Messaging App, Social Consultant, Dating Platform

– China Succumbs to WeChat Fever

By staff reporter VERENA MENZEL

WHO dares these days to squeeze into the crowd of commuters during rush hour in China’s big cities will certainly come across a new type of mobile phone user. We had already become used to seeing headset-ed and hands-free or Bluetooth-ed folk seemingly soliloquizing in the streets. But recently, more and more people in China are seen holding their smartphones not to their ears, but in a tilted position right in front of them, talking into the small microphone at the bottom of their mobile. This pose has been sculpted by the Chinese messaging app “WeChat” (“Weixin” in Chinese), a mobile text and voice messaging communication service developed by China’s biggest Internet company Tencent Holdings Limited, and launched in January 2011.

 Within only three years WeChat has not only become the most popular Asian messaging app, it has created a new lifestyle. And Tencent’s marketing strategists cleverly promote the typical WeChat pose as a brand label, in the same way that Apple once discovered the marketing potential of the white earphones of its first generation iPod.

 The crowd of WeChat fans is becoming bigger and bigger, not just within the People’s Republic. According to Tencent the number of registered accounts jumped from 300 million in January 2013 to more than 400 million in August of the same year; 236 million of these accounts belong to active users who use WeChat at least once a month.

 The English-language version of the mobile app, launched in April 2012, has more than 100 million registered users to date. Not least thanks to a major advertising campaign in July 2013, for which Tencent signed up Argentinean football legend Lionel Messi as its global ambassador, the number of registered accounts outside China grew by 30 million in only four weeks.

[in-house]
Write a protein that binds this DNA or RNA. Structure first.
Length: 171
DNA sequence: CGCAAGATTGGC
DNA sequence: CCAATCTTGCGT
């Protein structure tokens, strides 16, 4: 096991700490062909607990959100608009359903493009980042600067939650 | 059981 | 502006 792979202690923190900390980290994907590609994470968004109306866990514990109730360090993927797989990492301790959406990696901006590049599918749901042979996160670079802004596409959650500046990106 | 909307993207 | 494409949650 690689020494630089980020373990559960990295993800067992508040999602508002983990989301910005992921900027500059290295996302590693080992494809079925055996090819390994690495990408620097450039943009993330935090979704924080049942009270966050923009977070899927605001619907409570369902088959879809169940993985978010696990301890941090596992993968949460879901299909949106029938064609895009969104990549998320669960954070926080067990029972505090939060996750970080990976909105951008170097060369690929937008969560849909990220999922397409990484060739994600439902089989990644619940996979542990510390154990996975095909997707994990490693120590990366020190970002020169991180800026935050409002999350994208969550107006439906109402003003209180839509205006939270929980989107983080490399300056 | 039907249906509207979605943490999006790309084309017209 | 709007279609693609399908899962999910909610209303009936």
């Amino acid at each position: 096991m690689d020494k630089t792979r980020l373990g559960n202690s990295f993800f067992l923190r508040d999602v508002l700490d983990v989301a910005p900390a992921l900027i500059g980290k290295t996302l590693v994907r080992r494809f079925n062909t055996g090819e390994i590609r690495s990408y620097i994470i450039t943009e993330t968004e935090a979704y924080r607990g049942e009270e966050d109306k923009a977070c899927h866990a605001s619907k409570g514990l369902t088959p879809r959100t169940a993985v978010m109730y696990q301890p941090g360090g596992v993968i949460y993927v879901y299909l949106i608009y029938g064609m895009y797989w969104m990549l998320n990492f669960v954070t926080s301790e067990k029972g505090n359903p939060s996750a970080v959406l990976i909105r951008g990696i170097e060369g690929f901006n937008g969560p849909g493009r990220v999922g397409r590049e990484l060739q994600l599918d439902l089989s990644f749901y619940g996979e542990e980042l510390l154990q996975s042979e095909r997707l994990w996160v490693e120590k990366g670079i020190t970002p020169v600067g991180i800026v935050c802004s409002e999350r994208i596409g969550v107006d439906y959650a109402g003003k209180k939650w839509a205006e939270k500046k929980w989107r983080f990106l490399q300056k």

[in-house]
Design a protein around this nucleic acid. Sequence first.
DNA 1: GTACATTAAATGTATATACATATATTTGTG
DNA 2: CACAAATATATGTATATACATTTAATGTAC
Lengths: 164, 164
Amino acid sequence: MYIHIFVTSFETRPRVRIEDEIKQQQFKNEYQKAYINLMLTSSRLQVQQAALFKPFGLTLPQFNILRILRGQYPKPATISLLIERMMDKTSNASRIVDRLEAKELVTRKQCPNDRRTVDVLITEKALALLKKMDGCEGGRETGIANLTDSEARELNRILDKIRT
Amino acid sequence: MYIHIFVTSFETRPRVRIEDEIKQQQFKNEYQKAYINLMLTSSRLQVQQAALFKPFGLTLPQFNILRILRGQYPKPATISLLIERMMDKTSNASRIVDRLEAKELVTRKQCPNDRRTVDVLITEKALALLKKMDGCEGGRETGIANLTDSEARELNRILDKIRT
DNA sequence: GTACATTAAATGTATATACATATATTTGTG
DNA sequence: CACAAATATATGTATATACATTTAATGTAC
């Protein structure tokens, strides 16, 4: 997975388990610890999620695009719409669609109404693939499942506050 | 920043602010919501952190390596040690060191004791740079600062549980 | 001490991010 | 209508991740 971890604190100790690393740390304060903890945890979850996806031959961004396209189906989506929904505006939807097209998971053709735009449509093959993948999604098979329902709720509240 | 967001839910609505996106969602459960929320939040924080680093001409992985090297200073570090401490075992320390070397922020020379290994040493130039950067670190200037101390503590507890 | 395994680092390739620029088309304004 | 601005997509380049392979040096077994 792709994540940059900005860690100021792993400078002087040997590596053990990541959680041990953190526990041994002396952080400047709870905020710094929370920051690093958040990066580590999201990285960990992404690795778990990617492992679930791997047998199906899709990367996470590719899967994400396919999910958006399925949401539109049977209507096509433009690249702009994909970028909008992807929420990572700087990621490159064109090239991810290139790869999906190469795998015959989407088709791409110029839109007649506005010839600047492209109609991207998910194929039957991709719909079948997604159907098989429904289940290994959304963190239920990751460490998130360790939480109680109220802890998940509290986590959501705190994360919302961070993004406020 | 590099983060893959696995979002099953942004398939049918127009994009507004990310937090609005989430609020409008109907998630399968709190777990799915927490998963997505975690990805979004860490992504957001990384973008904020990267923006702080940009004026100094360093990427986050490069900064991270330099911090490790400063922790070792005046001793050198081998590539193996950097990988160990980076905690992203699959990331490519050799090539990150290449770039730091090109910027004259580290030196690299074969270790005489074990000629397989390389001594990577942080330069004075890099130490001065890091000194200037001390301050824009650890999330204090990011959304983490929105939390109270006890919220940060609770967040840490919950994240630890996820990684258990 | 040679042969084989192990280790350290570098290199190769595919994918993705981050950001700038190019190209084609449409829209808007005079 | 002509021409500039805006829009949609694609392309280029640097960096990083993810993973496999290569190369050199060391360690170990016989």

WeChat is available for Android, iPhone, BlackBerry and Windows Phones as well as Symbian platforms and unites the functions of different popular Western apps in one single application. It enables free multimedia communication on mobile devices like the West’s “WhatsApp” (which announced 300 million active users in August 2013) including text messaging, hold-to-talk voice messaging, broadcast (one-to-many) messaging as well as photo and video sharing, and combines these features with the advantages of social media networks like shared streaming content feeds as on Facebook or Twitter, chat functions as with Skype or MSN and picture-editing functions as offered by Instagram.

 In particular, the inclusion of functions that enable users to share contact information as well as their location via GPS and “make friends” with as yet unknown chatters (similar to “Bump” and the mobile social network “Foursquare”) achieved cult status among Chinese WeChatters. With the help of “Shake,” for example, chatters can, via a random modus, exchange contact information with other users worldwide who are shaking their smartphone at exactly the same time. “Look Around” reveals which other users within a radius of 200 meters are “looking for contact.” An innovative clue forms the function of “Drift Bottle.” It is the modern equivalent of the good old message-in-a-bottle post. Users throw out a message into the vast digital ocean of chat-waves, which can be randomly picked up and read by another user. 

Inventions like “Drift Bottle” have created completely new channels for making friends, fostering new trends of getting in touch especially among younger generations of Chinese users.

 What’s special about WeChat is that its creators have not limited themselves to copying existing international trends and developments in the worldwide communication, software and Internet industry. Instead of only developing adapted versions of foreign IT products and services for the Chinese market as in the case of (as counterpart to Facebook), QQ (Skype), Taobao (eBay) or Sina Weibo (Twitter), Tencent integrated the best features of existing mobile apps and networks into one single application and added new, appealing functions. In this way, they created a completely new IT product, which not only strikes a chord with Chinese users, but also attracts more and more people outside China.

 The fact that the use of WeChat is completely free is a striking argument. While “WhatsApp” sticks to traditional business models that in the long run count on (comparatively cheap) user fees as a source of income, Tencent announced no plans to dip into users’ pockets.

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